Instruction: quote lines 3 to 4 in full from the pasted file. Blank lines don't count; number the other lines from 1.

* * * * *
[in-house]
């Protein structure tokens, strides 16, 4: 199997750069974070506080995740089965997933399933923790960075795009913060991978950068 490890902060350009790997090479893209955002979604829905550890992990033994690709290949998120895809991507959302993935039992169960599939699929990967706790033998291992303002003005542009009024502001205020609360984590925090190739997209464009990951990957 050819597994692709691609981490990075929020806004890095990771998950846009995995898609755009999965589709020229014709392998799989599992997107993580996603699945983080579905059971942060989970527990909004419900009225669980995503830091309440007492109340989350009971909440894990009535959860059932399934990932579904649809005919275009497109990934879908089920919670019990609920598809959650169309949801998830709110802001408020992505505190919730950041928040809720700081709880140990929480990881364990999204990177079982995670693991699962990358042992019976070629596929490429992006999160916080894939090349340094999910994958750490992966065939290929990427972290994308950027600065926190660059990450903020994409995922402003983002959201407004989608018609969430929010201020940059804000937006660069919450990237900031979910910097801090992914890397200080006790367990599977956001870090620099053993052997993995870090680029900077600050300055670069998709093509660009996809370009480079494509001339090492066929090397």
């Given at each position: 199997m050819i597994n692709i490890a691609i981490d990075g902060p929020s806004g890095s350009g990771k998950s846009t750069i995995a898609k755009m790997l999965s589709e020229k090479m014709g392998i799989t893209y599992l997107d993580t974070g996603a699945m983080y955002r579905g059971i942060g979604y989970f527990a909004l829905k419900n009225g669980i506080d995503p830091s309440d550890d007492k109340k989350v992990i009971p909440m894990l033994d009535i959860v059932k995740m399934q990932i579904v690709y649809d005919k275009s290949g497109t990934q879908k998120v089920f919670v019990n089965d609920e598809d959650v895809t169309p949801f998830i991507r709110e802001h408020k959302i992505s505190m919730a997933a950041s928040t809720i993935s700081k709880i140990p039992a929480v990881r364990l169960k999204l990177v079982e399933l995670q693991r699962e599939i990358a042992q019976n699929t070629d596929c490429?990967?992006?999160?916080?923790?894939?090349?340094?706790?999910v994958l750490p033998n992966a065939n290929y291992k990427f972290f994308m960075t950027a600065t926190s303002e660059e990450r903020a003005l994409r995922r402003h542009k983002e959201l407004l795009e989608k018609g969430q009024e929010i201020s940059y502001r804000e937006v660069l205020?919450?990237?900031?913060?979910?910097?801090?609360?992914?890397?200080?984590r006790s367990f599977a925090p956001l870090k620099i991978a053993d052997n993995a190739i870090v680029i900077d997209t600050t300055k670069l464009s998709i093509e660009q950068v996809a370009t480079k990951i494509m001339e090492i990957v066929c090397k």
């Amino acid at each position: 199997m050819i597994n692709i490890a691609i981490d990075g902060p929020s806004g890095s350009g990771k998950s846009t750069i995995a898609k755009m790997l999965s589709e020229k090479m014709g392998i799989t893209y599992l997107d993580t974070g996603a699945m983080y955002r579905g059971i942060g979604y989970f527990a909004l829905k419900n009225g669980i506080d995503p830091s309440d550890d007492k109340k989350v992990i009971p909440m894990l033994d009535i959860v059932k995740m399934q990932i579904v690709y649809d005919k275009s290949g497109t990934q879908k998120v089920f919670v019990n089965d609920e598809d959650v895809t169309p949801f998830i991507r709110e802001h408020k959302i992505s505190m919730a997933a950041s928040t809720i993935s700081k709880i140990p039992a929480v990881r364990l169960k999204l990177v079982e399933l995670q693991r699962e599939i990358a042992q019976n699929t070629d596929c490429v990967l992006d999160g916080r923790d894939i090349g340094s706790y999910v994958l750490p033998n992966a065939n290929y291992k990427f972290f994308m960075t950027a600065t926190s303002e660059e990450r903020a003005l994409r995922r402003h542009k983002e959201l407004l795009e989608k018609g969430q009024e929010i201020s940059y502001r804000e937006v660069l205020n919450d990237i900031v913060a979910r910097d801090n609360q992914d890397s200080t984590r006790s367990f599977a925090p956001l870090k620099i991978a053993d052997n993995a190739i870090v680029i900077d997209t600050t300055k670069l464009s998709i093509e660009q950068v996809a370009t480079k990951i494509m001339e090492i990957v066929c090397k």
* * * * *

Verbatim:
């Given at each position: 199997m050819i597994n692709i490890a691609i981490d990075g902060p929020s806004g890095s350009g990771k998950s846009t750069i995995a898609k755009m790997l999965s589709e020229k090479m014709g392998i799989t893209y599992l997107d993580t974070g996603a699945m983080y955002r579905g059971i942060g979604y989970f527990a909004l829905k419900n009225g669980i506080d995503p830091s309440d550890d007492k109340k989350v992990i009971p909440m894990l033994d009535i959860v059932k995740m399934q990932i579904v690709y649809d005919k275009s290949g497109t990934q879908k998120v089920f919670v019990n089965d609920e598809d959650v895809t169309p949801f998830i991507r709110e802001h408020k959302i992505s505190m919730a997933a950041s928040t809720i993935s700081k709880i140990p039992a929480v990881r364990l169960k999204l990177v079982e399933l995670q693991r699962e599939i990358a042992q019976n699929t070629d596929c490429?990967?992006?999160?916080?923790?894939?090349?340094?706790?999910v994958l750490p033998n992966a065939n290929y291992k990427f972290f994308m960075t950027a600065t926190s303002e660059e990450r903020a003005l994409r995922r402003h542009k983002e959201l407004l795009e989608k018609g969430q009024e929010i201020s940059y502001r804000e937006v660069l205020?919450?990237?900031?913060?979910?910097?801090?609360?992914?890397?200080?984590r006790s367990f599977a925090p956001l870090k620099i991978a053993d052997n993995a190739i870090v680029i900077d997209t600050t300055k670069l464009s998709i093509e660009q950068v996809a370009t480079k990951i494509m001339e090492i990957v066929c090397k």
């Amino acid at each position: 199997m050819i597994n692709i490890a691609i981490d990075g902060p929020s806004g890095s350009g990771k998950s846009t750069i995995a898609k755009m790997l999965s589709e020229k090479m014709g392998i799989t893209y599992l997107d993580t974070g996603a699945m983080y955002r579905g059971i942060g979604y989970f527990a909004l829905k419900n009225g669980i506080d995503p830091s309440d550890d007492k109340k989350v992990i009971p909440m894990l033994d009535i959860v059932k995740m399934q990932i579904v690709y649809d005919k275009s290949g497109t990934q879908k998120v089920f919670v019990n089965d609920e598809d959650v895809t169309p949801f998830i991507r709110e802001h408020k959302i992505s505190m919730a997933a950041s928040t809720i993935s700081k709880i140990p039992a929480v990881r364990l169960k999204l990177v079982e399933l995670q693991r699962e599939i990358a042992q019976n699929t070629d596929c490429v990967l992006d999160g916080r923790d894939i090349g340094s706790y999910v994958l750490p033998n992966a065939n290929y291992k990427f972290f994308m960075t950027a600065t926190s303002e660059e990450r903020a003005l994409r995922r402003h542009k983002e959201l407004l795009e989608k018609g969430q009024e929010i201020s940059y502001r804000e937006v660069l205020n919450d990237i900031v913060a979910r910097d801090n609360q992914d890397s200080t984590r006790s367990f599977a925090p956001l870090k620099i991978a053993d052997n993995a190739i870090v680029i900077d997209t600050t300055k670069l464009s998709i093509e660009q950068v996809a370009t480079k990951i494509m001339e090492i990957v066929c090397k």